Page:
February 9, 2016; Boston Globe

It’s the same old bad board story: four (going on five) CEOs in five years and an almost absurd conflict of interest threaded throughout the organization. But, as we have said before and will undoubtedly say many times more, boards are not the be-all and end-all of governance, and there are times that your real governance base will remind you of that—loud and clear, and until the job of maturing accountable governance gets done.

This time, the nonprofit is Suffolk University, where women account for 56 percent of the 8,300 students and people of color make up 54 percent. The president, Margaret McKenna, did not take long to come into conflict with some members of the 27-member board, which has been accused of micromanaging the institution into a state of permanent instability. The trustees are mostly male and white and, by all outward appearances, not very good at governance. (A list of those trustees can be found here.)

McKenna is the first woman president in the university’s 109-year history. When she took the position seven months ago, she was clear when she said she would review all contracts to ensure they were in the best interests of the University. But one of those with which the university held contracts was Regan Communications, headed by George Regan, who apparently felt that the 27-year-tenured contract should be exempt from review. Would it surprise you to hear that one of Regan’s employees is also a Suffolk trustee? Furthermore, Regan employee Mariellen Norris works full-time in Suffolk’s communications office. Would it surprise you to know that Regan has been speaking to the press about the inner workings of the board? Even the most penny ante mechanizations when they are habitual are hard to break.

Now for who’s really in charge here: When a few board members tried to eject McKenna because of her “confrontational style” earlier this year, it led to a weeklong standoff between the board and McKenna. The standoff included student protests, protests of local officials who are unhappy with the repetitive public meltdown, and the faculty taking a vote of “deep and sincere” confidence in McKenna. Still, the fracas led to an agreement released on February 5th wherein the board chair, Drew Meyer, agreed to leave the board when his term expires in May, and McKenna would go at the start of the 2017 school year.

Joint Statement from Suffolk University Board Chair Andrew Meyer and President Margaret McKenna:

— Suffolk University (@Suffolk_U) February 5, 2016

A statement full of nonsensical platitudes was released, but stakeholders are not happy with the “everyone’s to blame here” tone, and who can blame them? There is one entity that has been here through five leadership upheavals in the same number of years. and it is not McKenna.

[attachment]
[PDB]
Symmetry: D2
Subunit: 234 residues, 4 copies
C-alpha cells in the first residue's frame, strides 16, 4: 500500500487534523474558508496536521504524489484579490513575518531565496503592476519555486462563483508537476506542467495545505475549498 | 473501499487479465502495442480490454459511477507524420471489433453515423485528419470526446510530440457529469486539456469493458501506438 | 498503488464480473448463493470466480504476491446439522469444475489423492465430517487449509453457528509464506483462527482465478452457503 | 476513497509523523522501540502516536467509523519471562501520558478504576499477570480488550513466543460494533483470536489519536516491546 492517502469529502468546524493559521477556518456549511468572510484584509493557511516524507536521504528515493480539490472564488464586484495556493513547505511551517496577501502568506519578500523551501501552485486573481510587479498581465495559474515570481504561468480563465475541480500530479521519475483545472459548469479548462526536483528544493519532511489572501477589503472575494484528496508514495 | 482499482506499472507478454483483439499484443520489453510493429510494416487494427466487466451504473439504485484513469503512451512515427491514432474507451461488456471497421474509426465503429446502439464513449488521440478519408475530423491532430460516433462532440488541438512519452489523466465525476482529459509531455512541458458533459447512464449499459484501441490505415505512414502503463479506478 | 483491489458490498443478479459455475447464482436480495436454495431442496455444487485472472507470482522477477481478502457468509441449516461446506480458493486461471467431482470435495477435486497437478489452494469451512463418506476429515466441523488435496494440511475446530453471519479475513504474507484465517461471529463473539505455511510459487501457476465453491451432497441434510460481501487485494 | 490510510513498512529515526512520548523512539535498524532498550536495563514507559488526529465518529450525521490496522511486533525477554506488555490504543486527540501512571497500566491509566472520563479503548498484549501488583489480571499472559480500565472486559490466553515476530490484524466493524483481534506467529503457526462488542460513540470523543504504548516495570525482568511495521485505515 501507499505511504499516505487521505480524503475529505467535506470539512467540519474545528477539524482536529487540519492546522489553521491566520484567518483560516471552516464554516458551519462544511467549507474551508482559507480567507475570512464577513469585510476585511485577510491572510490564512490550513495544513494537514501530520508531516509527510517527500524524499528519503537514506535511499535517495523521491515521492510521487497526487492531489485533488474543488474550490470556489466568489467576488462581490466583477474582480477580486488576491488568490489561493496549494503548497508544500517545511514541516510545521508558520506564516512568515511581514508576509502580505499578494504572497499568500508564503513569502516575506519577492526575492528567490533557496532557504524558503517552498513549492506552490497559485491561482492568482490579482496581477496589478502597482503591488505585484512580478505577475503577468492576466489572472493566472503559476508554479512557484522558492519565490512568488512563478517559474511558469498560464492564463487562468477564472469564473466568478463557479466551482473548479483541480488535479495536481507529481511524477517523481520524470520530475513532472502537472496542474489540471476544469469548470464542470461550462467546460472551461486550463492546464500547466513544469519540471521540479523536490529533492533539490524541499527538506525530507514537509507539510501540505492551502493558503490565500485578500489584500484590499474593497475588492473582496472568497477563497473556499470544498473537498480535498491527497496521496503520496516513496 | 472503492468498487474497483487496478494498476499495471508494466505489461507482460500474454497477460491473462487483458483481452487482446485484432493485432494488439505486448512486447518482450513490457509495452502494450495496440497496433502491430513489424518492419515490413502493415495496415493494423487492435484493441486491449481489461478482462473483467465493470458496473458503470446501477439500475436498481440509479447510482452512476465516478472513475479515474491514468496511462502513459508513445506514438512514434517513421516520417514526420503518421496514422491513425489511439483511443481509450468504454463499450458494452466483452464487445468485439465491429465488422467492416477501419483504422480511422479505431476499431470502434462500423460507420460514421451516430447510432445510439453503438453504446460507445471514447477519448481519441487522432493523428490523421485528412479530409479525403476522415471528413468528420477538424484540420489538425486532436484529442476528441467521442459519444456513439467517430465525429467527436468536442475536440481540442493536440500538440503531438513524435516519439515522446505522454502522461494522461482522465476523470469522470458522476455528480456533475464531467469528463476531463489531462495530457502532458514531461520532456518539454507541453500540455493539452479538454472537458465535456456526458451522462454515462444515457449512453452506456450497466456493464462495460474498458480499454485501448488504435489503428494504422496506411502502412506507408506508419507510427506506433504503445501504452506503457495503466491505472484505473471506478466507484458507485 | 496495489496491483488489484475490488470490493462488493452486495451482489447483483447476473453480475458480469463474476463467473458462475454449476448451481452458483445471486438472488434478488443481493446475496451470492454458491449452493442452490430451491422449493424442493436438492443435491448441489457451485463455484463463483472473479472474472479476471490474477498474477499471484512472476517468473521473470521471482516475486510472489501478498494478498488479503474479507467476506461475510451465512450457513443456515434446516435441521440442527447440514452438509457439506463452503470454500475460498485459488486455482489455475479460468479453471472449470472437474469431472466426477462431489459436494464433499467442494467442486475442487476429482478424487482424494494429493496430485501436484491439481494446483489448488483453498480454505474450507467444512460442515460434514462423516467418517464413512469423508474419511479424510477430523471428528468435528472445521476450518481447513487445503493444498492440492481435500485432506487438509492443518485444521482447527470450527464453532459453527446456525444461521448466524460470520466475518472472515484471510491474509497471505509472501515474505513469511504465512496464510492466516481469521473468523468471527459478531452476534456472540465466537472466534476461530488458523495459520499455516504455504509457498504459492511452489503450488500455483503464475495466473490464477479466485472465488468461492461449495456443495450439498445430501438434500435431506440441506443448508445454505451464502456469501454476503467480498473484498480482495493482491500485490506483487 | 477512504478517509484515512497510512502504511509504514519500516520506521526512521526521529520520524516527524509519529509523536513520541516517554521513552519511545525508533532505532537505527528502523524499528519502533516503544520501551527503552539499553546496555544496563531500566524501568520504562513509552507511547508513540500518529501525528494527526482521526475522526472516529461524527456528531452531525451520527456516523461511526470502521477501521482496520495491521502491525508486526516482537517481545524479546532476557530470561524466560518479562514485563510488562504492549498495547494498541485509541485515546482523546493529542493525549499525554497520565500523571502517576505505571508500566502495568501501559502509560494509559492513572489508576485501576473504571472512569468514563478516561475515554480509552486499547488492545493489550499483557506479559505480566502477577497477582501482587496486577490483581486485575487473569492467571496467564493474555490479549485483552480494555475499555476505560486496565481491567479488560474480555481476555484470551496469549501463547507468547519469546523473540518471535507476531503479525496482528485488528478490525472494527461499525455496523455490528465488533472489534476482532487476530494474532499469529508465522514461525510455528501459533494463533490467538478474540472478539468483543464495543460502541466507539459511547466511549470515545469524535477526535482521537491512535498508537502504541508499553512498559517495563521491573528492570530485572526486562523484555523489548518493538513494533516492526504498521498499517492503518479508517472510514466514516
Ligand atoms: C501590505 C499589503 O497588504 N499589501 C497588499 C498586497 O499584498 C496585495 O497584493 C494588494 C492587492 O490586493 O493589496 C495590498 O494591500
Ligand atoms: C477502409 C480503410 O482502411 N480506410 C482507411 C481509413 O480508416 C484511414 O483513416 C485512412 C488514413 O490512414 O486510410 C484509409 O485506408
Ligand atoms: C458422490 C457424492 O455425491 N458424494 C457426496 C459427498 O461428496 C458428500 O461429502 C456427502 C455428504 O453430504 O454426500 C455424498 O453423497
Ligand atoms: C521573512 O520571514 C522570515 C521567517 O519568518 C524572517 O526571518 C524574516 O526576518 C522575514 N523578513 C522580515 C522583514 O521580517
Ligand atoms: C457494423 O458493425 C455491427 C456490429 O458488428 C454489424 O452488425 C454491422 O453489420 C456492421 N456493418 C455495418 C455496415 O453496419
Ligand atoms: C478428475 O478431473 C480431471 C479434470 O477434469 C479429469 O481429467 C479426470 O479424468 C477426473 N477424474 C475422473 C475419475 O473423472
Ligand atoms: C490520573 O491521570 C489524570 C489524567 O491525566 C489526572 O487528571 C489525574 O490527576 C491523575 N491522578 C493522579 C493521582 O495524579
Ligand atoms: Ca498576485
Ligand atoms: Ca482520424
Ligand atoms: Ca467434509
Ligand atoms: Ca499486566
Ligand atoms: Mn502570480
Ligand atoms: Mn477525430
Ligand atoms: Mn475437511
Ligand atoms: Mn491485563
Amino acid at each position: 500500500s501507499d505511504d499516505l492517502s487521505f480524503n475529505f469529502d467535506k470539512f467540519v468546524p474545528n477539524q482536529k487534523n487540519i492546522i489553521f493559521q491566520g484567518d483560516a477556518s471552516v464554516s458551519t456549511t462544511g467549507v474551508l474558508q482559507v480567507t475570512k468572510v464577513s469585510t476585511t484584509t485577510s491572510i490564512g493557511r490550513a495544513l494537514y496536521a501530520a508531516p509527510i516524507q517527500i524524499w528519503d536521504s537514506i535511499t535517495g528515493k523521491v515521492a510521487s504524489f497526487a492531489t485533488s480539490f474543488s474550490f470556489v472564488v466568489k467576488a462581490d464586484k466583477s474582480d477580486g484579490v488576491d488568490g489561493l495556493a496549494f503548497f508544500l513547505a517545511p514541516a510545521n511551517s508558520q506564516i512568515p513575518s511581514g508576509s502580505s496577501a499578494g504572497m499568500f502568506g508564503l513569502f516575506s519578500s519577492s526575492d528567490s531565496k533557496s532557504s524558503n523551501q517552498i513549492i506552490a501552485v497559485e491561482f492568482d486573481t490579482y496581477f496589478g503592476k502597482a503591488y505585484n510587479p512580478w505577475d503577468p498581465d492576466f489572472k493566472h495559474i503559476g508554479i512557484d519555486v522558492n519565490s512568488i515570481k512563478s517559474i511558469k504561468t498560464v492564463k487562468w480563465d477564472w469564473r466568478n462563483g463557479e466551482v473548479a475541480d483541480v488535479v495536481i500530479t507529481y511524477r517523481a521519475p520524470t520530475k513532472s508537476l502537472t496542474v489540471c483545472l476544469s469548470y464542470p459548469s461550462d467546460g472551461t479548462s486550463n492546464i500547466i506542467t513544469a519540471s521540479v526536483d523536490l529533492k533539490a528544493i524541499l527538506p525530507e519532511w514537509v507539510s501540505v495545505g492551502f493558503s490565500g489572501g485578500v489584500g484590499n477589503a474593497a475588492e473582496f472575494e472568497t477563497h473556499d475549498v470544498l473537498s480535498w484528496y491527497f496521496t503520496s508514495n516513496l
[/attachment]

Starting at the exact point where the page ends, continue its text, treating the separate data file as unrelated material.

About the negotiated agreement, Colin Loiselle, president of the school’s Student Government Association and a senior political science major, said, “To use this route instead of dialogue is just absolutely disheartening and quite frankly, childish…In the past, nobody has challenged [the board] and now we know why, because when you do, this is what happens.”

“To call this a resolution is insulting to the entire community,” he added. “We will regroup and fight this. This decision is not in the best interest of the University.”

Alumni for the Integrity of Suffolk University—an ad-hoc group with 1,500 alumni members formed in response to the recent conflict—called for the resignation of Meyer and “his executive committee.”

“If financial stability is at the heart of your interests, surely high turnover at the level of President cannot help you achieve this goal,” the group wrote to the trustees. “The latest referendum on current President McKenna is a symptom of an apparent need to control leaders who are typically allowed—at any other institution of higher education—to define their role and grow their own team. The Board’s election to potentially rip this away yet again, after less than a year of President McKenna’s service, indicates that at least the leadership of this body is woefully unaware of the grave consequences of their actions.”

Finally, last week, after Meyer announced his leaving, the board ended its long-tenured and recently tempestuous relationship with Regan Communications. “President McKenna has chosen to blame me for her contentious relationship with the board, rather than acknowledging her own indefensible actions as the true reason for the board’s deep and valid concerns for her ability to lead the university,” Regan said, revealing his own misunderstanding of the decade we are in.—Ruth McCambridge